I have changed the tag line to this blog. It used to be “breath, energy, life, spirit = self-discovery through yoga,” dating from my innocent introduction to pranayama and other yogic arts. Now it is “A yoga agnostic explores life, breath, spirit and beyond, one asana at a time.”
In the midst of my personal traumas and upheaval over the past eight months, I have undergone a quiet shift in my yoga practice and my beliefs: I have become a yoga agnostic. How do I define that status? I no longer pledge allegiance to a lineage, yoga system, teacher, guru, historical narrative or ideology. I simply believe in the empirical evidence that manifests itself every time I roll out the mat or shift into meditation. It can be really
A lot of freedom comes once I cut the emotional binds that lock me to a “5000-year-old tradition” or a business model based on the American obsession with bodily perfection. I don’t have to cling to yoga as a cure for migraines, back pain or leprosy (or whatever condition you wan to slot in there). I don’t have to doubt myself when I am not able to cure myself. I just know that it’s part of my daily hygiene. I don’t have to make a pilgrimage to Pune or Mysore in India to acquire true knowledge. I don’t have to read sacred texts or learn Sanskrit.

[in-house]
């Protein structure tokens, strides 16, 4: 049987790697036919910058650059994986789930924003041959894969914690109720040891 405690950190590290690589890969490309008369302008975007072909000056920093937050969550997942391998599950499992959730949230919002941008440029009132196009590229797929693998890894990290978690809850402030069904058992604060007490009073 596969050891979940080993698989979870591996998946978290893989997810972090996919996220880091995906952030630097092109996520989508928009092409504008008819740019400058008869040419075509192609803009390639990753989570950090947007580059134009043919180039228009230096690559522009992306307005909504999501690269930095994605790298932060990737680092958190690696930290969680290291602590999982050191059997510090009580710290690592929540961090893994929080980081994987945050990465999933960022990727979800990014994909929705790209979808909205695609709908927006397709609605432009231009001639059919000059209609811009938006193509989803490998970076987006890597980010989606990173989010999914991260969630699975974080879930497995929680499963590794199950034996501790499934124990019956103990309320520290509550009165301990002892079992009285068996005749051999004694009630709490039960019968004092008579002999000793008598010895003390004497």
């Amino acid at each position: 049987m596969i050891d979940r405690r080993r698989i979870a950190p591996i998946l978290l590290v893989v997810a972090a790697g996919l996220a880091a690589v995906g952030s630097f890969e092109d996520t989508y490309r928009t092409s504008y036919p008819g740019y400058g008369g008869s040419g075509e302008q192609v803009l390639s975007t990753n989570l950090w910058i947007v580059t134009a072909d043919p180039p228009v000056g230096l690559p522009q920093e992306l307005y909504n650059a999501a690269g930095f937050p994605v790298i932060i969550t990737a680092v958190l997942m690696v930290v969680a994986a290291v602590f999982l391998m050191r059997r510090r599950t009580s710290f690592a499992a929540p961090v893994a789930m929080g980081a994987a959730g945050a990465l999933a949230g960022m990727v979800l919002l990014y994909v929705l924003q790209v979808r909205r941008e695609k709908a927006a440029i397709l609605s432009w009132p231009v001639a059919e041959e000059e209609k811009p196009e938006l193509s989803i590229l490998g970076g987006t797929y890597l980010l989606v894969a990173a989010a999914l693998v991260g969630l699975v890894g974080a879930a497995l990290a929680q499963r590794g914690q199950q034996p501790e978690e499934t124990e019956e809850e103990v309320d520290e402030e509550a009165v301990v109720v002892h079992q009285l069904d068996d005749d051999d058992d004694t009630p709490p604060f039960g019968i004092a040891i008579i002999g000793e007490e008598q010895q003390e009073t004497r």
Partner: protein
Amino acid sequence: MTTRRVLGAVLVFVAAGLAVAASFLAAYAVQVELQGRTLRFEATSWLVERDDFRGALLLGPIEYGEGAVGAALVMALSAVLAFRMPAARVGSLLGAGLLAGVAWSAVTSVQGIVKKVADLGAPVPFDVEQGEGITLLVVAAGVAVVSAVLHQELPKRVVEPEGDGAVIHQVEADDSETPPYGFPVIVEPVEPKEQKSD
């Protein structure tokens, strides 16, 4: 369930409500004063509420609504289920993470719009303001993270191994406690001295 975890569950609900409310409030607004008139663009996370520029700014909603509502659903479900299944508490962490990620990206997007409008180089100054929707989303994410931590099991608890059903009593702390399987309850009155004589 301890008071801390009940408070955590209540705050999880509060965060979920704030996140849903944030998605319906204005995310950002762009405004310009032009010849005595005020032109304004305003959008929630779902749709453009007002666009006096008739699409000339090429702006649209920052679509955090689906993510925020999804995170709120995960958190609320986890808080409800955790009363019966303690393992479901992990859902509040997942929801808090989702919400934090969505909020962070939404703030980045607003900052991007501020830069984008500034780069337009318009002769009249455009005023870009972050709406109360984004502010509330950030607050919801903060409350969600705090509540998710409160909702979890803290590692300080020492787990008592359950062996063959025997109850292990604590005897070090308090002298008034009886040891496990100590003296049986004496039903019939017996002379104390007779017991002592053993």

This change has been brewing for a long time, perhaps, when I injured my knee and realized that yoga does not protect me magically from injury or disease. Or when I read Mark Singleton’s Yoga Body, in which he challenged misconceptions about the origins and evolution of modern yoga, and realized that a lot of myth-making occurred when yoga was reincarnated in modern India and then was transported to the United States. Or when I hear old-school yogis complaining about the commercialization of yoga in the States.